Statistical analysis

Wilcoxon two-sample two-tailed test was used to compare continuous variables between the two groups in the Results section, part I. Survival probabilities were estimated using the Kaplan-Meier method in the Results section part II and III. Log-rank test was used to assess the association of categorical variables with survival endpoints. Hazard ratios were determined using Cox proportional hazard model. Logistic regression was used to predict objective responses and to determine odds ratio. The need for adjustment by common biomarkers was considered in the Results section part II and III. The Cox model with interaction term was used to compare effects in subgroups in the Results section part III. Optimal cut points of continuous variables with respect to the survival endpoints were determined using the conditional hazard function which was estimated using smoothing techniques based on kernel methods [35]. Statistical comparison of two Treg quantification approaches was performed using Bland-Altman plot and Passing-Bablok regression in MS Excel. Conditional hazard functions were estimated in MATLAB, other analyses were performed in R, a language and environment for statistical computing (R Core Team, 2013). Results with p < 0.05 were considered statistically significant.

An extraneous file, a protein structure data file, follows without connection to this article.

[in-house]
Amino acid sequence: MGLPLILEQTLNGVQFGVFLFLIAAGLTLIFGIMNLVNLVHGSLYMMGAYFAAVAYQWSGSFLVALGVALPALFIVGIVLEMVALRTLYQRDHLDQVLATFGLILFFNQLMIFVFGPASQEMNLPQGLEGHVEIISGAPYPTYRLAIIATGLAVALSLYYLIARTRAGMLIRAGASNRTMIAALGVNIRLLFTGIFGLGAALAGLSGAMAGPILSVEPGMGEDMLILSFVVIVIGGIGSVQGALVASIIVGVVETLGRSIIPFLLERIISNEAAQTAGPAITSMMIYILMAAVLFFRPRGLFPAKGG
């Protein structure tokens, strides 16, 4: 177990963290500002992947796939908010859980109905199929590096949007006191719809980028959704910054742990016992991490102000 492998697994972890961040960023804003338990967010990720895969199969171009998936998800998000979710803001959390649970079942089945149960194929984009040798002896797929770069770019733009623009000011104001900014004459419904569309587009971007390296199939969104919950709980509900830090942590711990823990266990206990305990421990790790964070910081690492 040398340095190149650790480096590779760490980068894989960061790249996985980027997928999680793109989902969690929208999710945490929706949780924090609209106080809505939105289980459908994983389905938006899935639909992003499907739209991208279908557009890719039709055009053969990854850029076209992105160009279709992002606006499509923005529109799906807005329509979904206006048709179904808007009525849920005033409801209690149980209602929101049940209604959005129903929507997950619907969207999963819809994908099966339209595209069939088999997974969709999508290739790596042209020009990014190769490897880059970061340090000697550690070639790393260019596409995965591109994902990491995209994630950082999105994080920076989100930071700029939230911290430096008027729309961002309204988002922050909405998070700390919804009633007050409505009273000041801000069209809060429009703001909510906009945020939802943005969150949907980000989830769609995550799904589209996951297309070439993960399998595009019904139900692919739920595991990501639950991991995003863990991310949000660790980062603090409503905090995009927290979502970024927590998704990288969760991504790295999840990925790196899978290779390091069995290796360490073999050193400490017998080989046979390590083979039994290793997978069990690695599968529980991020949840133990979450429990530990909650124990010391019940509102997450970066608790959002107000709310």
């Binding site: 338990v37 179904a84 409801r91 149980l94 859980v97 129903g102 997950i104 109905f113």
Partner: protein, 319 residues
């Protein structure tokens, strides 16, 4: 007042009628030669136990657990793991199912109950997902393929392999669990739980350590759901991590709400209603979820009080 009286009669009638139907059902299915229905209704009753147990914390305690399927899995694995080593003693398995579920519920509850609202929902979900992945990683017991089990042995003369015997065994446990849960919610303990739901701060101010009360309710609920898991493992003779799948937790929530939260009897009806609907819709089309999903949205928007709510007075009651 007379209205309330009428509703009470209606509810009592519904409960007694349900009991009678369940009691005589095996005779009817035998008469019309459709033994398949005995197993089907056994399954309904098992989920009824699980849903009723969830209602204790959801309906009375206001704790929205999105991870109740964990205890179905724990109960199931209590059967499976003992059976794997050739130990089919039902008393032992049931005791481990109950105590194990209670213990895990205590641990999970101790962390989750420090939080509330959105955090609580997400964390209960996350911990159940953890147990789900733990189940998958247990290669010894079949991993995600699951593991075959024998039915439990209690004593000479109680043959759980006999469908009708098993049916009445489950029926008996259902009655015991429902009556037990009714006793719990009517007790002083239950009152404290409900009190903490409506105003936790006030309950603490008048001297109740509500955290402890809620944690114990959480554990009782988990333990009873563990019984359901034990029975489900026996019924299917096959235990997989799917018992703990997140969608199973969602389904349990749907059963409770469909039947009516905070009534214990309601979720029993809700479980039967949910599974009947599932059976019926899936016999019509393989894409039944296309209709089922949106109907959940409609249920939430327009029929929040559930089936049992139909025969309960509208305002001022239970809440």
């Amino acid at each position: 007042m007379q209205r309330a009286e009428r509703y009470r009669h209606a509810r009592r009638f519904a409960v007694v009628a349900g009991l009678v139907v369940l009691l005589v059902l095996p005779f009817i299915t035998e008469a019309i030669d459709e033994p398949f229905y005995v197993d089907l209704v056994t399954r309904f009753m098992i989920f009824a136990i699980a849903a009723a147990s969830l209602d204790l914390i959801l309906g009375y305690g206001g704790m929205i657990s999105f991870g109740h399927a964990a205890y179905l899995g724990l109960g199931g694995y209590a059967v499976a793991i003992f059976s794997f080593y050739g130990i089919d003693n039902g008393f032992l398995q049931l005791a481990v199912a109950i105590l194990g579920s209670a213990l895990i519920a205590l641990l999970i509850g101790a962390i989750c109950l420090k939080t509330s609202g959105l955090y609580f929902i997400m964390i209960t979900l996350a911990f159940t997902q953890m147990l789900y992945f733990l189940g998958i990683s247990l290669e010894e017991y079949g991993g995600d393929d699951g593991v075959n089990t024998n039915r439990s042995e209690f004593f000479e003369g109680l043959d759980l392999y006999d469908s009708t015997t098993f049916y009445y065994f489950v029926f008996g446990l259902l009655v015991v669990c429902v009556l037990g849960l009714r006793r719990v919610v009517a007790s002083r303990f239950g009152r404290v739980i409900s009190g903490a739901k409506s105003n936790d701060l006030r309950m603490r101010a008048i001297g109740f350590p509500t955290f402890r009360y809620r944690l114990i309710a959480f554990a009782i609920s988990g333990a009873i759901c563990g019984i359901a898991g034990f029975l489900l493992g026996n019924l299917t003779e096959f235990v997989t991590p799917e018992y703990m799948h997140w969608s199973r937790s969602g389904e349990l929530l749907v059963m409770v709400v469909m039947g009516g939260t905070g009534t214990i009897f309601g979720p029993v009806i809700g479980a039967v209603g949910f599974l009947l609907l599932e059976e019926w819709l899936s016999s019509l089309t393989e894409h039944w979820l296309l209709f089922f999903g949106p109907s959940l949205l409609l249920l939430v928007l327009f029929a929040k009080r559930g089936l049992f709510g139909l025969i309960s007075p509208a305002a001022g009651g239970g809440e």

Results

Circulating Tregs, CD8+ CTLs and CD8:Treg ratio in metastatic colorectal cancer patients in the context of primary tumor sidedness and KRAS status